Tuesday, November 19, 2013

Pop blues

Over this past weekend I went out to see a band play at a local(ish) brewpub. A few of my buddies are in the band, and a few more members of that circle of acquaintances were going to be in the audience, so it was very much a win-win opportunity to socialize with people I don't see often enough, support my performing friends, and sample some new beer. The beer, as it happened, was underwhelming; so it goes, not every glass can be my new favorite. The time spent with my friends was quality, and unified by some weirdly melancholy running threads.

To provide a modicum of context, this circle of friends consists almost entirely of the gang I used to play RPGs with on Wednesday nights on the regular. In other words, they are all geeks, and even more specifically, they are geeks a lot like me. We are all around the same age, and almost all of us are married, and almost all of us have kids, stable jobs, mortgages, &c. We consume a ton of pop culture, individually and collectively, and then we talk about it a lot as well, because pop culture is our common point of reference, and we really don’t have a lot of other high excitement to focus on. I mean, sure, we ask each other about respective children and jobs and other smalltalk stuff, but eventually we slide down the gravity well into the mass of movies and comics and whatnot that we’re all into.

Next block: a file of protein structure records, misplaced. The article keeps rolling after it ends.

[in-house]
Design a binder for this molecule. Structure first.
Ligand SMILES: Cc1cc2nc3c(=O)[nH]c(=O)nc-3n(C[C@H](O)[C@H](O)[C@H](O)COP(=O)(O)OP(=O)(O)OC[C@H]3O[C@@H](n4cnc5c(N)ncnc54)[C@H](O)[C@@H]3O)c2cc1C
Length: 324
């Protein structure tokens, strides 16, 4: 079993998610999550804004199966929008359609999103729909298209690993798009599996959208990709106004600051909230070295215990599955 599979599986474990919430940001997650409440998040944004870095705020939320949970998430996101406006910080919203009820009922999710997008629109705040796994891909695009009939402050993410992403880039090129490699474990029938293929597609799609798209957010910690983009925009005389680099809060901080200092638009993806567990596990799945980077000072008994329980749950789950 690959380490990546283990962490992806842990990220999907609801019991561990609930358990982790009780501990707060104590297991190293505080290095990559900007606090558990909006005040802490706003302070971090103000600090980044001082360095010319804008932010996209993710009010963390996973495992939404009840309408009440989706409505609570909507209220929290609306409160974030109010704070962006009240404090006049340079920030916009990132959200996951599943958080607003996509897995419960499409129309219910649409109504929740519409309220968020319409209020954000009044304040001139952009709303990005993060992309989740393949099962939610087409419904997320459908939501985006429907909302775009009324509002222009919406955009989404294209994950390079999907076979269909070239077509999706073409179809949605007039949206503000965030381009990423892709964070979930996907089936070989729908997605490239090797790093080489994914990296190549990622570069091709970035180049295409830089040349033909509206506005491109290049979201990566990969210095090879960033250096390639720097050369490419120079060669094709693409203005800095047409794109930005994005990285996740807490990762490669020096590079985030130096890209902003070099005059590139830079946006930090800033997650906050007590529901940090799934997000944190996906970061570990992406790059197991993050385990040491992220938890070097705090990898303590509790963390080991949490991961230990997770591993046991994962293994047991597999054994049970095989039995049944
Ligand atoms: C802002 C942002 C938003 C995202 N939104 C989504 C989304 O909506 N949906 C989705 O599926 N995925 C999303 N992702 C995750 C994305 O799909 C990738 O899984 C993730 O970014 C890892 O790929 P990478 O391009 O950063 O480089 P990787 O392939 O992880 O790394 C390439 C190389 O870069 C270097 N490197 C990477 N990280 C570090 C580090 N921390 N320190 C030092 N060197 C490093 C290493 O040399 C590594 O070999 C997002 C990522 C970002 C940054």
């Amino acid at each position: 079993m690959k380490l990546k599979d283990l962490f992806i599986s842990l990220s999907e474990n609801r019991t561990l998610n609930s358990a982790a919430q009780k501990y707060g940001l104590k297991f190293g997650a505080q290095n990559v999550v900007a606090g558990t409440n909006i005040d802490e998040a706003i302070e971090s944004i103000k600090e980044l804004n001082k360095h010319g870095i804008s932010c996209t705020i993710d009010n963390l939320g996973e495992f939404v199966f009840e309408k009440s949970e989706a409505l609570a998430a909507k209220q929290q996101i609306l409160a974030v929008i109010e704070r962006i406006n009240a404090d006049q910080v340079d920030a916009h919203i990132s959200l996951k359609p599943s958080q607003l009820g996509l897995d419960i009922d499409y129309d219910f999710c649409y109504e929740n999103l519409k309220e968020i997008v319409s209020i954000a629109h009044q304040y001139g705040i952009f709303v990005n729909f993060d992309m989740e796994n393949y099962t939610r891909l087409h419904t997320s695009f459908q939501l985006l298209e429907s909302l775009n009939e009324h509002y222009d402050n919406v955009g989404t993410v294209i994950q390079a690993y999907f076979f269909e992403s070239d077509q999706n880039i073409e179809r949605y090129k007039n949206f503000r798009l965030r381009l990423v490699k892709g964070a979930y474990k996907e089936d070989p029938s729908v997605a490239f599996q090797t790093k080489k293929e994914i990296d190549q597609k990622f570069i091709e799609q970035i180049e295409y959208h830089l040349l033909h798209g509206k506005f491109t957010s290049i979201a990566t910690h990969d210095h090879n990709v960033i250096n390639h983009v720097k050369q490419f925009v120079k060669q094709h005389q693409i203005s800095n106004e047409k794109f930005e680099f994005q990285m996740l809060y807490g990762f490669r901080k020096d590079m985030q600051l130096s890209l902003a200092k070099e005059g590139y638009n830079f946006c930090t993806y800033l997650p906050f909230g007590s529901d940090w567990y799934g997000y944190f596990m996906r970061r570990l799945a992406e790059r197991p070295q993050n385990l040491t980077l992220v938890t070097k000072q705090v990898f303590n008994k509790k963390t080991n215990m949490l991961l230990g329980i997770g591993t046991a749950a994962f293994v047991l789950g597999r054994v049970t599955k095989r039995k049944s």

Lately, though, I find myself pondering what exactly the point of it all is (if indeed there is a point at all). Presumably being entertained is preferable to being bored, and also easier than working at something like self-improvement or changing the world. We fill the time, as pleasantly as we can. And, more often than not in the case of my little coterie, we overfill it, really packing in as much as possible and sometimes more.

One of the mutual friends in the audience at the show was the wife of the bass player (this is the couple I lived with back at the beginning of the great Return to Virginia I mentioned yesterday). She and I follow each other’s accounts on GoodReads, and I took the opportunity of seeing her in person to razz her about her recent review posts. She has been making it known that:

- She challenged herself to read 75 books in 2013
- She has some ground to make up in these last couple months to hit her goal